Word of the Tea Party’s demise is premature.  Ten years ago I was in Washington with 1.6 million friends.  We marched down Pennsylvania Avenue and rallied at the Capitol.  As revolutions go, this one was peaceful.  There wasn’t any violence, no burnings and we picked up our garbage.  I was back the following year, three times.  Once for the Glenn Beck rally at the Lincoln Memorial, two weeks later for the Tea Party gathering and made a special trip the weekend Congress adopted Obamacare.

Oppression isn’t always a guy locked in a dungeon.  Instead, bondage is the slow growth of a leviathan government.

The Tea Party wasn’t “Astroturf” as Nancy Pelosi whined.  It was people in small towns and big cities meeting in fire stations, Grange Halls and at one point, an airplane hangar (I was the master of ceremonies at the latter).  It was a new label for the old Silent Majority when it became vocal.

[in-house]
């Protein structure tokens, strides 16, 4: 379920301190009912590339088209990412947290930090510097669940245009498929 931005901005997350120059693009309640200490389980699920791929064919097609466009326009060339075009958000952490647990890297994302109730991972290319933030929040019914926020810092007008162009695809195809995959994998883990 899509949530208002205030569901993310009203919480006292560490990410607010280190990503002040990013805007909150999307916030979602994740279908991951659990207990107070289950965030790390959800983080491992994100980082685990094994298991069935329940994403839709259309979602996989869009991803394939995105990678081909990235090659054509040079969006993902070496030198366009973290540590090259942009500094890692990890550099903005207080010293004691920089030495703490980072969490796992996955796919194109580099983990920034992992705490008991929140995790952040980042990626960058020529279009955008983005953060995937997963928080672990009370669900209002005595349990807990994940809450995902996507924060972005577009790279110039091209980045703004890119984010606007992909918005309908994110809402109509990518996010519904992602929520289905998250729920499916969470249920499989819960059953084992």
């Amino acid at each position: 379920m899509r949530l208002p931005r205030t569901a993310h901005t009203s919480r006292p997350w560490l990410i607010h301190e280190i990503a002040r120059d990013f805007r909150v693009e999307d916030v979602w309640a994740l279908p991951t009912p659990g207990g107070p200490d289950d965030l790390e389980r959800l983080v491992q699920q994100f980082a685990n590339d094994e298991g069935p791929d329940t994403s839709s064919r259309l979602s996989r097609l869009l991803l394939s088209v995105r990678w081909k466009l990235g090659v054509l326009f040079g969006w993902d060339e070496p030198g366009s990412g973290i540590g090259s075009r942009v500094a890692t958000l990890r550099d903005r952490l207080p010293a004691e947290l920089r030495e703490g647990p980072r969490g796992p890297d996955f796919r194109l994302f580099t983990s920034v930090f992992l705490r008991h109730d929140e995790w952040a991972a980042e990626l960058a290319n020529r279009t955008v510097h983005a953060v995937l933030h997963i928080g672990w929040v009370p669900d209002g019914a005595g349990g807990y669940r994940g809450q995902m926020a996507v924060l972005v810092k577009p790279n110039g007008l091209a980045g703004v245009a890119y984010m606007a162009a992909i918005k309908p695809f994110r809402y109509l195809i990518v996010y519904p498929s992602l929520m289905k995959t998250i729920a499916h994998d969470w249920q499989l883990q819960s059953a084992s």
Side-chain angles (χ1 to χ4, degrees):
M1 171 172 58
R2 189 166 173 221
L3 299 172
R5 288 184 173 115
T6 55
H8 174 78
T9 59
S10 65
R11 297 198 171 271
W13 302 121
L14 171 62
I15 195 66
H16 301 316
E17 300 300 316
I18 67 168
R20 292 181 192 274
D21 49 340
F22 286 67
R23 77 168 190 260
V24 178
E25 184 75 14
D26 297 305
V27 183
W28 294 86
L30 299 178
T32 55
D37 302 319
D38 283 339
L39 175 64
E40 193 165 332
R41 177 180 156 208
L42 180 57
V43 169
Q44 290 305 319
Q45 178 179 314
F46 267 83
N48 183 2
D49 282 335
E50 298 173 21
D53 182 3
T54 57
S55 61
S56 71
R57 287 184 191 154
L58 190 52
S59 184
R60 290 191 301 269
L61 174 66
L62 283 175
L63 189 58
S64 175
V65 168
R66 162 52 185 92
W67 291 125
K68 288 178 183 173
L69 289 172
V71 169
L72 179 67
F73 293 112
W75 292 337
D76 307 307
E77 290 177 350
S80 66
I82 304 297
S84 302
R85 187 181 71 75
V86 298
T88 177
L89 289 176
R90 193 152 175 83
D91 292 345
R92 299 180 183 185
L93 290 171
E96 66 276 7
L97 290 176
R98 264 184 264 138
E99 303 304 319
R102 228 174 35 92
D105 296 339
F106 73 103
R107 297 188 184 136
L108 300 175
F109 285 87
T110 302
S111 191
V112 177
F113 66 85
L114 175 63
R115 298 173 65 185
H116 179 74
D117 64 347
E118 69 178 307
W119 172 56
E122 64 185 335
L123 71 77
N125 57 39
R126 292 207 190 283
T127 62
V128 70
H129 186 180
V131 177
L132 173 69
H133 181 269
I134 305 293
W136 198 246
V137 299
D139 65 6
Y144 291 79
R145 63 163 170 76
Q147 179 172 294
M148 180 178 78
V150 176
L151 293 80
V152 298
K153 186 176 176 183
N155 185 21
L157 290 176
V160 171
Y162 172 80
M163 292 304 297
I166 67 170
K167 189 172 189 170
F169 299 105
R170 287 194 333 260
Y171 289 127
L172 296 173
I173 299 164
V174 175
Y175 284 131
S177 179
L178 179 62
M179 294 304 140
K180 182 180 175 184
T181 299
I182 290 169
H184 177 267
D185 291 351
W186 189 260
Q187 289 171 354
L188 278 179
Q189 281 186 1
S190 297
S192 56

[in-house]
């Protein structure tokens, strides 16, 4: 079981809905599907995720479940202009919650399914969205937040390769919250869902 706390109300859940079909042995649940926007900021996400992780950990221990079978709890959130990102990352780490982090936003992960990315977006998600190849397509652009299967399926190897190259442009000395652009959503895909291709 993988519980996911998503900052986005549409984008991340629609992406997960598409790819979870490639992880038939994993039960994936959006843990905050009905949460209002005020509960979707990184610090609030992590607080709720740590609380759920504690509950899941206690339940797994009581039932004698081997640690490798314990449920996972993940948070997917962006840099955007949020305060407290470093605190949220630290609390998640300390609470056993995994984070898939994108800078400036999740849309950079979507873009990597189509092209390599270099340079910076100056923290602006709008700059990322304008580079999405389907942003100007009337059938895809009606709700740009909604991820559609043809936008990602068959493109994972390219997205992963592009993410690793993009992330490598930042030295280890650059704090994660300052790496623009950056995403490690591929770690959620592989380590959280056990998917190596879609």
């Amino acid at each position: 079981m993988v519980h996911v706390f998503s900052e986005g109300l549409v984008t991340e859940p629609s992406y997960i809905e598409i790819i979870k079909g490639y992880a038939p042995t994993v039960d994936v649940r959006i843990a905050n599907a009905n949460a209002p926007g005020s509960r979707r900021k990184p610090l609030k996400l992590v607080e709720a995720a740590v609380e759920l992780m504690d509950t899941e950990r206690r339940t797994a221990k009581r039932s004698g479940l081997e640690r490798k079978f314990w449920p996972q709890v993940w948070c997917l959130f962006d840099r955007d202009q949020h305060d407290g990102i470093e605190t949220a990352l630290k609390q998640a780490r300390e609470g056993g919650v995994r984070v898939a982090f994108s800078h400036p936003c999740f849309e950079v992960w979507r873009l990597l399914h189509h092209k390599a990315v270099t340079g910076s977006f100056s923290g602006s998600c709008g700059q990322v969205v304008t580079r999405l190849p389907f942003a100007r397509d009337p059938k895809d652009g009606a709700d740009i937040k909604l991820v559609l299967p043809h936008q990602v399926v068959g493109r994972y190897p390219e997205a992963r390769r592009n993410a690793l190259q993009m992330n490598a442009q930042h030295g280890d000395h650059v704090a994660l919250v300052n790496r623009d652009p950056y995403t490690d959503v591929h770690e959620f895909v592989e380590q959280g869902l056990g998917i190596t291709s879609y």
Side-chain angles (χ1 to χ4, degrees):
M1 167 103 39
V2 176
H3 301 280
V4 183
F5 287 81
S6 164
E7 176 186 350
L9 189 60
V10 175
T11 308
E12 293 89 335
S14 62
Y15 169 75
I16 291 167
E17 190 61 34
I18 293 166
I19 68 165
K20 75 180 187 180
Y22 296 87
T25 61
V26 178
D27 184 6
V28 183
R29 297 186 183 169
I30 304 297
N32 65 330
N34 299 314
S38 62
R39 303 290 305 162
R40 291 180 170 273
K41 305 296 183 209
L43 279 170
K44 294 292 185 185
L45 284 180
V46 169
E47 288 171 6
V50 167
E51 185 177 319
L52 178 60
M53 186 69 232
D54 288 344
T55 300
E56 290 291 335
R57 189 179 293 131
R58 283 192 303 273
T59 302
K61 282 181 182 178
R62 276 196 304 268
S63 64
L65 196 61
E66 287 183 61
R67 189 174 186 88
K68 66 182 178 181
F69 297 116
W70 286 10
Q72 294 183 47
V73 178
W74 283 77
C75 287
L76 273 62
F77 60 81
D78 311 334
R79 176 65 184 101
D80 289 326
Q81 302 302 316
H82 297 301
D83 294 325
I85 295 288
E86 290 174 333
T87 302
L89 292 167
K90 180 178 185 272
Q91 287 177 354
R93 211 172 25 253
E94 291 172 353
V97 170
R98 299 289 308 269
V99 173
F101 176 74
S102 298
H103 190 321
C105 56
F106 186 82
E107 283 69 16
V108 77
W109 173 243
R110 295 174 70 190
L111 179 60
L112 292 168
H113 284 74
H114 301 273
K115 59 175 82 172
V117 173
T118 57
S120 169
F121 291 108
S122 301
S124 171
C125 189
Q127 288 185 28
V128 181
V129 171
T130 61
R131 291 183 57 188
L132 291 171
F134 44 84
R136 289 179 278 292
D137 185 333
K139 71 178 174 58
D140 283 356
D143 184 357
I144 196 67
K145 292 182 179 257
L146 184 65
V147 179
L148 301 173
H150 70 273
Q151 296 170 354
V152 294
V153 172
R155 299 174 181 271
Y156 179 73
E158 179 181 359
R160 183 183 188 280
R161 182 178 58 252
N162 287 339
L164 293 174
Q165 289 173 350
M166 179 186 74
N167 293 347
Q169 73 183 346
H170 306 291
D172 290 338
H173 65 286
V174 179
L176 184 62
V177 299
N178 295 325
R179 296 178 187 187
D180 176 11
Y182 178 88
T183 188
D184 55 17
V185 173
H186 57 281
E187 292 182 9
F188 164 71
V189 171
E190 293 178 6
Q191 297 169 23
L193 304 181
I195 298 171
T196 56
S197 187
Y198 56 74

Donald Trump may not be an exact match to the early goals of a somewhat fluid movement, however.  He’s the closest to many of the original Tea Party goals.

A liberal columnist warned me before one event at a state capitol that union “hardhats” were going to beat us up.  As the son of an old “hardhat” let me say, they were on board with many of our goals.  Too many columnists know nothing about the people they cover.

As for successes, not all are visible but many have quietly impacted our lives.  As this writer explains at this link, it’s the reversal, even slowly, of the regulatory state.  Oppression isn’t always a guy locked in a dungeon.  Instead, bondage is the slow growth of a leviathan government.

Successful changes in culture require patience.  The revolution continues.